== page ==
Monday 11 April 2016

Tottenham result seemed inevitable but Van Gaal's tactics baffle (again)

From the moment United's team bus arrived late at White Hart Lane, you got the feeling that it wasn't going to be our day.

The joke doing the rounds of social media was that it wasn't the first time a coach has held the Reds back but - that aside - the result at Spurs should come as no surprise.

We came up against a very good side, arguably the best footballing outfit in the league and, with nothing to play for from our point of view, they were always going to play with greater purpose.

Nothing to play for, I hear you ask? 

The Reds are out of the Champions League places but such is our state of flux and rebuilding is finishing fourth any different to fifth, sixth or even seventh? 

United are a world away from challenging for European honours and are at least three years away from doing so, so does it really matter where we find ourselves next season?

In my eyes, if you're not going to win the Champions League then there's not much to be gained from playing in it (apart from the obvious financial incentive but that's no barrier for United).

Having turned up to the ground late, United seemed set up to contain the hosts and finished with only five shots across the 90 minutes.

Bizarrely, Louis van Gaal decided to substitute young striker Marcus Rashford at half-time and sent on winger Ashley Young, who played as the furthest man forward for the second 45 minutes.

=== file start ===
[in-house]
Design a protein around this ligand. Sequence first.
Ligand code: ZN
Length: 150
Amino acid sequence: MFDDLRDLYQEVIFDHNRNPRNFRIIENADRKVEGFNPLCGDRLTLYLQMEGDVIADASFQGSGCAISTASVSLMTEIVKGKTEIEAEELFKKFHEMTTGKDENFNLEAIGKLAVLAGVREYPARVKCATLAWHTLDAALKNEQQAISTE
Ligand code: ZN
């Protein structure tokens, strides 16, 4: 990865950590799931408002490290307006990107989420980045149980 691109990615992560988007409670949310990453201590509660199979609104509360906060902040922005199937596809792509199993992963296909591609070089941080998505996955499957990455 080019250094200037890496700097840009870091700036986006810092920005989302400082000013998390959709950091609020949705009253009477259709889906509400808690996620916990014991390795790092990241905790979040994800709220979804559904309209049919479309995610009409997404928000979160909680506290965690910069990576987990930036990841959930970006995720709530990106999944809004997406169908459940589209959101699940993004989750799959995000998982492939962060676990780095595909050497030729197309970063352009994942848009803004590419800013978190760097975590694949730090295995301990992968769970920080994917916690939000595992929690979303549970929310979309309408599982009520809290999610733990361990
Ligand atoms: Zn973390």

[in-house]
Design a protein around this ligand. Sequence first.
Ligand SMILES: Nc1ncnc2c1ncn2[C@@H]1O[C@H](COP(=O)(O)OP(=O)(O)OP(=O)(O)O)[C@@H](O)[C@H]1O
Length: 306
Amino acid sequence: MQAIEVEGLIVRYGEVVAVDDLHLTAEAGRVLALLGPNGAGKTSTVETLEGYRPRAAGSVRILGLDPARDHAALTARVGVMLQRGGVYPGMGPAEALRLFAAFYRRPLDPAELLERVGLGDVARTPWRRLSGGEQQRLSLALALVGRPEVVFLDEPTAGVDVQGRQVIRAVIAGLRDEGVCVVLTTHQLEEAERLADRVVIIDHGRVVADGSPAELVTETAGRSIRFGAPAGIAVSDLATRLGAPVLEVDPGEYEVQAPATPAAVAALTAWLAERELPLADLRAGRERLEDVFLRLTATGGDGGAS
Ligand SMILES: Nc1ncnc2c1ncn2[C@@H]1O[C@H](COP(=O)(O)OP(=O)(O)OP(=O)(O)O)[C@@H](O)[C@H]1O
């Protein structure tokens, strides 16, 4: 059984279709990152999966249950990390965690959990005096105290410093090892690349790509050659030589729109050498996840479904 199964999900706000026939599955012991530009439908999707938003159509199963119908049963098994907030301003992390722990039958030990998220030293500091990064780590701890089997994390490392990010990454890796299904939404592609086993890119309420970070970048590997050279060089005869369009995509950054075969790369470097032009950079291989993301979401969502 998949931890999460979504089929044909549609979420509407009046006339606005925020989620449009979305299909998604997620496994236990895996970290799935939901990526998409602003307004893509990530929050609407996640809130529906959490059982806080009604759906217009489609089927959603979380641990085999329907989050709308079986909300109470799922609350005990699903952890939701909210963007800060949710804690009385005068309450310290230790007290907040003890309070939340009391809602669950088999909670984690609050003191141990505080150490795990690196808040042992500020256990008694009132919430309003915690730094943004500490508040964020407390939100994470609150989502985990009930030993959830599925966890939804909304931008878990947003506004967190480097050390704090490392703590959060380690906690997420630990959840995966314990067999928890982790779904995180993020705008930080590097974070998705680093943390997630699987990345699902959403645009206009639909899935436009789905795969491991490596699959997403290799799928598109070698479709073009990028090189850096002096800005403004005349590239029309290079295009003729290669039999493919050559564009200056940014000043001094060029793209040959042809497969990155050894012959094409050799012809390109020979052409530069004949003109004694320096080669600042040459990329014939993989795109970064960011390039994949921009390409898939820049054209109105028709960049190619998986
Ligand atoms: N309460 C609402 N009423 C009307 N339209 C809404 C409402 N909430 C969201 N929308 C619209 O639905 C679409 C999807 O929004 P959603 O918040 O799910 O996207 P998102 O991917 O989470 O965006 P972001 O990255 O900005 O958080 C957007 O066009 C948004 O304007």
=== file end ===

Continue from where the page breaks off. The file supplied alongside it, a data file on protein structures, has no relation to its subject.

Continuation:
Van Gaal's reasoning for this was he wanted Young's pace and penetration to pin Spurs back, but, with Anthony Martial stationed on the left, it seemed a nonsensical decision.

Young was played up front based on one 60-minute showing there for the under 21s but it was the latest in a long line of unfathomable tactics from Van Gaal this season. 

It would be easy to blame the defeat on that call from the manager but, in truth, Spurs had threatened throughout and it was only a matter of time before they scored. 

Young made little impression, while 18-year-old Tim Fosu-Mensah was United's best player, defending bravely and combatively during his 68 minutes.

It was telling, therefore, that the Reds capitulation began two minutes after the young full back's withdrawal.
Just two minutes after Matteo Darmian came on because of an injury to Fosu-Mensah, Tottenham broke the deadlock in a move that came from his side of the pitch.

I'd much rather win on Wednesday at West Ham - United's task now is to ensure there's no repeat of this result in the capital's east end. 

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